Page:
Hiding your pond filter is an integral part of achieving that overall natural effect. And let’s face it, that’s what we all want from our garden ponds, to make it look as far from man-made as possible.
However, while hiding the filter out of plain sight is important from an aesthetic perspective, there is the issue of practicality to think about.
It’s no good hiding the filter beneath a heavy rock bed with the intention of having foliage sprouting around it. Yes, it may out of sight, but what happens when there’s periodic maintenance to deal with?
In short, not only do we want the filter hidden, we want easy access to it too.
On larger filters with separate external boxes the problem of hiding all the components is even more difficult.
But fret not, in this short guide we have some excellent ways you can hide your pond filter, no matter the size of unit you have.
So if you are ready, let’s jump to it.
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How to hide your pond filter – 3 Popular Methods
Method 1 – Rock Covers
Artificial rock covers are one of the most popular ways for pond owners to hide their filters.
Not only are they easy to implement, they work really well and look great too.
Even large filter boxes can be hidden with a natural-looking rock formation. The fiberglass rocks come in a range of sizes, meaning you can quickly build up the terrain to match the size of your filter.
The rocks are finished in a collection of shades and textures to provide that natural effect no matter the setting of the pond.
Furthermore, you may find that the manufacturer of your filter has produced a collection of rock covers specifically designed for your filter or pump.
The rock cover allows for easy access to your filter when it comes time for some general maintenance.
Pros of using artificial rocks to hide your filter:
- Easy to implement
- Looks natural;
- Provides adequate coverage;
- Provides easy access to the filter.
- Some pond owners do not want to add such a rock effect to the landscaping
- Not cheap should you wish to add rocks around large parts of your pond
Method 2 – Relocate the filter
There is of course the option of relocating the filter.
The downside to this option is that your ability to move the filter components out of sight is determined by the type of filter you have. Quite simply, not many filters work if positioned to far from the water.
For instance, a box filter relies on gravity to return the water back into the pond.
If you start adding several meters worth of plumping because you’ve hidden the box in the garage, you could lose pressure within the system, (and you still have to hide the pipes anyway).
One way to overcome this is to install a pressure filter kit. These pump water from the pond up to the filter and then back again. The issue of disguising all the plumbing remains however.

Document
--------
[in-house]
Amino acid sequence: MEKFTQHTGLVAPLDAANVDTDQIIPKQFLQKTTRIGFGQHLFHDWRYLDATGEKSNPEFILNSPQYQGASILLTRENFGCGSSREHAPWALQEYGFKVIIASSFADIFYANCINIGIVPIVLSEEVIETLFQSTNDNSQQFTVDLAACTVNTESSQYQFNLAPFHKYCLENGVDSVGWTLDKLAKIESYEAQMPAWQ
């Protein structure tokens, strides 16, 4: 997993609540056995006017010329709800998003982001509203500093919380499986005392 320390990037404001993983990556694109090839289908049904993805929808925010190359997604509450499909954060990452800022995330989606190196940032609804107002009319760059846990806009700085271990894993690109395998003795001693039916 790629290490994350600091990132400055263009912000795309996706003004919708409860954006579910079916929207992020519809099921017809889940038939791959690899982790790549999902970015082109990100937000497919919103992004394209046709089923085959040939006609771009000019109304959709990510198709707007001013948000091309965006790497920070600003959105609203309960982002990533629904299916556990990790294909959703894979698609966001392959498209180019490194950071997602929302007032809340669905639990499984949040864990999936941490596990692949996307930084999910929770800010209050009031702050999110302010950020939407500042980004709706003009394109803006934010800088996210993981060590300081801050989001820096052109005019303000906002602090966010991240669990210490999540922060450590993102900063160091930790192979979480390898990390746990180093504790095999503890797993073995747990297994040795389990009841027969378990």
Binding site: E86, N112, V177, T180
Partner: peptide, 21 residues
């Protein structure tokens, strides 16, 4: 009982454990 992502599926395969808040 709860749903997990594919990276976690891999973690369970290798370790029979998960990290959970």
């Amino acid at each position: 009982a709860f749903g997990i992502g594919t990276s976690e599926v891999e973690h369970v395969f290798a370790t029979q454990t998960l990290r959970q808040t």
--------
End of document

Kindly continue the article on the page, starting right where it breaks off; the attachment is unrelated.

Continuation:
Pros of hiding the filter by moving it
- The filter is obviously completely hidden and doesn’t take up real-estate next to the pond
- Can lose pressure for the filter to work properly (can be overcome with a pressure kit)
- Complicated plumbing required that can be difficult to hide
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Method 3 – Installing Plants
Hiding the filter box with pond-appropriate foliage is another popular method used by enthusiasts.
Not only does this method provide an attractive, natural disguise, using pond foliage allows for the filter to be housed right next to the pond. All plumbing can be easily disguised too.
The problem here however is related to the issue we raised in the introduction to this article.
While it may look great now, if you let those plants run amok, you will be kicking yourself come filter maintenance time.
It does not take long for pond foliage to take hold and completely obstruct any easy access to the vital components of your filtration system.
Not only that, if any debris from decaying leaves and plants get into the system you could be in even more trouble.
If you’re not able to get out into the garden to keep on top of things on a regular basis, using foliage to hide your filter may not be the best option for you.
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Pros of using foliage to hide your filter
- Arguably the most attractive method, (as long as you keep it pruned)
- Very cheap to set up
- Will hide the filter and plumbing very easily
- If left unchecked the foliage will quickly make access to the filter difficult
- Rotting plant debris is bad for your filter should it make its way in there.
So there you have it, 3 of the main ways you can go about hiding your pond filter this year. Each has its pros and cons. The important issue is to consider which way will be most practical for your garden, balanced against what you would find most aesthetically pleasing.
Work those two variables out and you will have yourself a winner.